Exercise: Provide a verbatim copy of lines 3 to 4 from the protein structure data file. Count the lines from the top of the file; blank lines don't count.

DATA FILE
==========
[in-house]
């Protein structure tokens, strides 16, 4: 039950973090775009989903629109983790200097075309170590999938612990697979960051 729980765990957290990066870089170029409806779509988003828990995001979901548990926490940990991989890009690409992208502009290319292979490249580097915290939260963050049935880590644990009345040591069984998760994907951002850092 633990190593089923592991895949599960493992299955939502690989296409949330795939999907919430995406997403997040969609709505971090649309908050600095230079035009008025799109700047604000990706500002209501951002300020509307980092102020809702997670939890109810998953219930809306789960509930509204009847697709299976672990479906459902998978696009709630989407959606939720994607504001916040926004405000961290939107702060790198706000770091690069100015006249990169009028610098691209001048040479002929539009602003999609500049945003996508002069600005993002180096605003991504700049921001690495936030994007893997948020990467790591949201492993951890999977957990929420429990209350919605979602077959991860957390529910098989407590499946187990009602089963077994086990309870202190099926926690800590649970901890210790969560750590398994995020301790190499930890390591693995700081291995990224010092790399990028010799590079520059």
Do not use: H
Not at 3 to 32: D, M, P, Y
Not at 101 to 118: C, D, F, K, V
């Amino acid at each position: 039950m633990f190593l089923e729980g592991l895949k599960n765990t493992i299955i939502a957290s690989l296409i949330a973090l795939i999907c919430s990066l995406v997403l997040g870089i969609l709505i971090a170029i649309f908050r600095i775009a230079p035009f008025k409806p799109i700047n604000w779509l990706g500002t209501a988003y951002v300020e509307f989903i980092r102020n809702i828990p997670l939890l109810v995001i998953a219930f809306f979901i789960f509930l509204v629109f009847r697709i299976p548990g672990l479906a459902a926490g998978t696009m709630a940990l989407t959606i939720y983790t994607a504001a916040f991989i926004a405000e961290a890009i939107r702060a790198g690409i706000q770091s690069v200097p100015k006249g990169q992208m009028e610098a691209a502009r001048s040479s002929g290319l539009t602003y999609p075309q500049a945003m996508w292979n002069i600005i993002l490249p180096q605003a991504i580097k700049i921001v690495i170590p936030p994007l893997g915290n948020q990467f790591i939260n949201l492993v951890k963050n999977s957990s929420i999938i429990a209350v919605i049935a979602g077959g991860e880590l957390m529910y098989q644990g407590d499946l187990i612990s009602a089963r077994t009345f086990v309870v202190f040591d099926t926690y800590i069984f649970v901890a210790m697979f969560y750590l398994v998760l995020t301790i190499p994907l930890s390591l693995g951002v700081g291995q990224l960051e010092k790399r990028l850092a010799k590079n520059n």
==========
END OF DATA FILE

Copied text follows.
Do not use: H
Not at 3 to 32: D, M, P, Y